Wine, Words, and a Wonderful Beginning

Thursday 8 March 2018

The spaces in the poem are yours. 
They are the place where you
Can enter as yourself alone
And think anything in. 

W S Graham, ‘Private Poem to Norman MacLeod’

We’re back, another year has passed, and another StAnza has begun! 

And to celebrate, I’m reigniting a tradition I started at last year’s festival, and fully intend to continue throughout this year’s. Namely: StAnza Wine Tweets. The task is simple: to tweet a photo of every glass of wine you drink during the festival, but so that the photo in some way gives a flavour of the event at which the wine is drunk. 

For reasons of balance (metaphorical and perhaps also physical), I should say that this challenge can also be attempted using non-alcoholic alternatives.

Here is StAnza Wine Photo number 1: 


Admittedly, this might just look like a bunch of glasses, but really the photo is about much more than that – or so I’m maintaining. It’s about coming together. It’s about poetry uniting people, so that individuals from all across the world can sit at the same table and have interesting, in-depth discussions, or just chat about the weather. It’s about meeting up with old friends and making new ones (so thanks to poets Polly Atkin and Emma Jones for their assistance with this photo). It’s about unity and difference. It’s about synergy. It’s about intellectual relaxation, and also about just having a good time. It’s about the positive outlook that poetry can enable us to have on a deeply troubled world – because as you can see, the glasses are all at least half full. 

Alright, so maybe I’m stretching the metaphor slightly, but I think the point still stands. 

StAnza 2018 kicked off with an innovation for this year’s festival: a Festival Launch Extravaganza. Extravaganza was certainly the word, as 11 poets took to the stage (or, to adopt the term I’ve been using, the Ocean’s Eleven of poetry), alongside musicians and a selection of film poems. The evening was designed to be a sample event, showcasing the delights the festival has to offer in the days to come. And it certainly didn’t disappoint. 

First up was the wonderful Barbara Dickson, who began the evening with two wonderful folk songs that had the Byre Auditorium cheering – followed by a cavalcade of wonderful poets: Sinéad Morrissey, Will Harris, Rita Ann Higgins, John Glenday – and finally Catherine Wilson, who rounded off the first half with a great poem about Scotland and identity, tying in beautiful with this year’s two themes of Borderlines and The Self. 

Linking with this year’s language focus of ‘Going Dutch’, there are a number of poets from the Netherlands featuring at this year’s festival, and last night we heard from a few: Lies Van Gaase, Geart Tigchelaar and Thomas Möhlmann.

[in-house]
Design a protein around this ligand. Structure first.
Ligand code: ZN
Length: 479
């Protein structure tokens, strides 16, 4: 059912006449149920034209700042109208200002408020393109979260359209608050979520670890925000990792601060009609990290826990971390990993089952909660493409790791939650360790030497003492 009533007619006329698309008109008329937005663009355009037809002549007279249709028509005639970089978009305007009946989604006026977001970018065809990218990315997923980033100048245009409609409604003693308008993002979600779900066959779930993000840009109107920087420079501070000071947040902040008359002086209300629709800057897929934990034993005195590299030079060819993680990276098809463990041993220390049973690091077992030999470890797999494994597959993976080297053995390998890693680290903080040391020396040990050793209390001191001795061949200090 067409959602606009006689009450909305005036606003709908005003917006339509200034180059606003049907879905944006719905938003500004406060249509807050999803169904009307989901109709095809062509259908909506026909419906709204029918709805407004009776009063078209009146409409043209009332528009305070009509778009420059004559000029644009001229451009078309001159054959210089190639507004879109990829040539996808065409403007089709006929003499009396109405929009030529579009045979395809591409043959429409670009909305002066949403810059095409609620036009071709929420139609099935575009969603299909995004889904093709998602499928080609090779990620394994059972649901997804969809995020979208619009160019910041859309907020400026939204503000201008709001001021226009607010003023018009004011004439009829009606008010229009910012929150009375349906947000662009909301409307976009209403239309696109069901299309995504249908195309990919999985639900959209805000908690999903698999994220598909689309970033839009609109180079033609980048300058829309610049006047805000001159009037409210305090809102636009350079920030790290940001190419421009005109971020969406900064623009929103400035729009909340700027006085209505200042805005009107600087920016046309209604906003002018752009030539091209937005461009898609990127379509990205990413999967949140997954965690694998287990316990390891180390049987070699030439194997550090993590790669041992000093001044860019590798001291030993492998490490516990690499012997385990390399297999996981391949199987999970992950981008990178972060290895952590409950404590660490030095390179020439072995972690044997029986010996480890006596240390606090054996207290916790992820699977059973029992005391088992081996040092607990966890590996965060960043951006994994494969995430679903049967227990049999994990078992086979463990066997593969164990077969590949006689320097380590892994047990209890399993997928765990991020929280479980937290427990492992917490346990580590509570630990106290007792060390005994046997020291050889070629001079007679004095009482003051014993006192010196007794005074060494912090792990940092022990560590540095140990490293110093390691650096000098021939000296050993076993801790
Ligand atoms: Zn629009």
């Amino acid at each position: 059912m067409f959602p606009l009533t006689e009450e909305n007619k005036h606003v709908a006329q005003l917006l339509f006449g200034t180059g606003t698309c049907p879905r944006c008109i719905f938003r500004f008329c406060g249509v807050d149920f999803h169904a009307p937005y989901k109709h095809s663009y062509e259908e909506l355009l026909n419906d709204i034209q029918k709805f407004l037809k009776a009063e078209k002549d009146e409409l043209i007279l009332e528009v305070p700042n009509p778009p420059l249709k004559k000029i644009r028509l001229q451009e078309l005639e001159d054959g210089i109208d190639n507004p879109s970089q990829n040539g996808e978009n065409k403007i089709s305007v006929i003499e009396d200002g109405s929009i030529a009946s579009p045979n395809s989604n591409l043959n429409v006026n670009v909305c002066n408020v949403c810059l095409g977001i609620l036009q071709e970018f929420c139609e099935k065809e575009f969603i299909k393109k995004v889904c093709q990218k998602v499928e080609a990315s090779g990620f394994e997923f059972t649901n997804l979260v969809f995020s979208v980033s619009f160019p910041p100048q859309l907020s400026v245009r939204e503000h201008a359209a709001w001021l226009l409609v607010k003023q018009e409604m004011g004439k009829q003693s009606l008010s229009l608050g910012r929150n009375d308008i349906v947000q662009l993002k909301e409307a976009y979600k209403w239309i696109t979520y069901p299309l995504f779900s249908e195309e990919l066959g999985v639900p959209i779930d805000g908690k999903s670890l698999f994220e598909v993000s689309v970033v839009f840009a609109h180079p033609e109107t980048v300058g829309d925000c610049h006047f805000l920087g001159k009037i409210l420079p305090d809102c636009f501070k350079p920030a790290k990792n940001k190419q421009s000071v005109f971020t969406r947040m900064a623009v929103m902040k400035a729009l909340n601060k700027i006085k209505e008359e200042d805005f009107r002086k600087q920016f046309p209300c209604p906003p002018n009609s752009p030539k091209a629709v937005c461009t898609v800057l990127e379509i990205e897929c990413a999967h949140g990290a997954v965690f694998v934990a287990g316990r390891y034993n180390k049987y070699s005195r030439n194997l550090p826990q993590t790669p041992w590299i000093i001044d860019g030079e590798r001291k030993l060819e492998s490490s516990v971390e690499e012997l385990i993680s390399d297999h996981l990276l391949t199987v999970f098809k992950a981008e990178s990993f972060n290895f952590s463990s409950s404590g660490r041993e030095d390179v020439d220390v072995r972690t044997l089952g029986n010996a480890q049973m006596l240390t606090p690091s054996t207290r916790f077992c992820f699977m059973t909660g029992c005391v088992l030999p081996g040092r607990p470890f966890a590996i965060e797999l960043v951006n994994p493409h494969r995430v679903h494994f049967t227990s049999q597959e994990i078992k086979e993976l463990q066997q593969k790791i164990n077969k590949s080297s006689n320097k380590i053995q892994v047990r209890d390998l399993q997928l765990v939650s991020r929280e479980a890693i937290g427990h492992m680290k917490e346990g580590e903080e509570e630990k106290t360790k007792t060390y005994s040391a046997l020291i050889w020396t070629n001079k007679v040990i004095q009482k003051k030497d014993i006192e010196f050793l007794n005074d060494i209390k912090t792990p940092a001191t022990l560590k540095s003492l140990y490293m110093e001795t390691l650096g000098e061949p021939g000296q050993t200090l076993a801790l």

After the interval (side note: the Byre Auditorium now sells ice cream! Perhaps a viable alternative to Wine Tweets…?) we were treated to a selection of film poems, and the beautiful music and rich-cup-of-silky-coffee voice of Hamish Hawk, as well as hearing from another selection of this year’s poets: David Eyre, Michael Symmons Roberts, and – well – me. It’s been a secret dream of mine to perform on a StAnza stage ever since I first volunteered for the festival back in 2013, and being invited to not only perform at the festival, but also on the main stage, as part of the so-called Ocean’s Eleven, was more than ‘2013-me’ would have even dared to dream. Something I said on stage last night, and which I absolutely hold to, is how coming to StAnza always feels like coming home. There’s always such a friendly atmosphere, and a welcoming ethos that seems to say, ‘Look, here is poetry. If you already love it, then we’re already family. If you don’t know you love it yet, come and join in and witness how wonderful it can be. Come and explore. Come and say hi.’ 

Or, as Chair of Trustees Robyn Marsack said in her closing speech, quoting poet W S Graham’s ‘Private Poem to Norman MacLeod’: 

The spaces in the poem are yours. 
They are the place where you
Can enter as yourself alone
And think anything in. 

And just like that, we’re back to that photo of three wine glasses together on a table, and all the many wonderful ways of being together as individuals.

Out into the bar following the launch, and the coming together of voices continued. As people sat together – talking, discussing the evening’s performances, meeting and making friends – Hamish Hawk continued from where his taster performance left off, followed later on by a showcase of work from the Inklight Poets: the University of St Andrews’ creative writing society. 

These sounds floated up through the many levels of the Byre, together with the occasional chink of glass and ice from the bar, from those listening attentively, to those upstairs who were simply enjoying the company of others. And as these sounds spread out to fill the theatre, they knitted together everyone throughout the building – in that special way that music, and poetry, so often do. 

Happy StAnza 2018 – and may you have a wonderful festival! 

By Katie Hale, In-House Blogger for StAnza 2018: Part 1